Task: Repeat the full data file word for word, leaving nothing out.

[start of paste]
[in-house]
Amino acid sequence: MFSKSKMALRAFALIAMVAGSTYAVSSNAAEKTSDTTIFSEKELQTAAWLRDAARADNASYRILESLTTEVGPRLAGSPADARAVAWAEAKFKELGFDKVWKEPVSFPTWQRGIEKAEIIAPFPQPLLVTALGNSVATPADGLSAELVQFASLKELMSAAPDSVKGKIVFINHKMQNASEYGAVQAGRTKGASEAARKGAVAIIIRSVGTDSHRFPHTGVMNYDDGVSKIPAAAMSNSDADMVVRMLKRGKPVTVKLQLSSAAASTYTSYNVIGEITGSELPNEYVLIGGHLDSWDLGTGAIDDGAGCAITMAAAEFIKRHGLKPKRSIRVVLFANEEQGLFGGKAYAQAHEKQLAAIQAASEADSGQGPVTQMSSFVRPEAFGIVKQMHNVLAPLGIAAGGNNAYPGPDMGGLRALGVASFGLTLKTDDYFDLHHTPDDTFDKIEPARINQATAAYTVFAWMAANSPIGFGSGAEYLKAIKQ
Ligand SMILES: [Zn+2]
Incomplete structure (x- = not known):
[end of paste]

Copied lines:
[in-house]
Amino acid sequence: MFSKSKMALRAFALIAMVAGSTYAVSSNAAEKTSDTTIFSEKELQTAAWLRDAARADNASYRILESLTTEVGPRLAGSPADARAVAWAEAKFKELGFDKVWKEPVSFPTWQRGIEKAEIIAPFPQPLLVTALGNSVATPADGLSAELVQFASLKELMSAAPDSVKGKIVFINHKMQNASEYGAVQAGRTKGASEAARKGAVAIIIRSVGTDSHRFPHTGVMNYDDGVSKIPAAAMSNSDADMVVRMLKRGKPVTVKLQLSSAAASTYTSYNVIGEITGSELPNEYVLIGGHLDSWDLGTGAIDDGAGCAITMAAAEFIKRHGLKPKRSIRVVLFANEEQGLFGGKAYAQAHEKQLAAIQAASEADSGQGPVTQMSSFVRPEAFGIVKQMHNVLAPLGIAAGGNNAYPGPDMGGLRALGVASFGLTLKTDDYFDLHHTPDDTFDKIEPARINQATAAYTVFAWMAANSPIGFGSGAEYLKAIKQ
Ligand SMILES: [Zn+2]
Incomplete structure (x- = not known):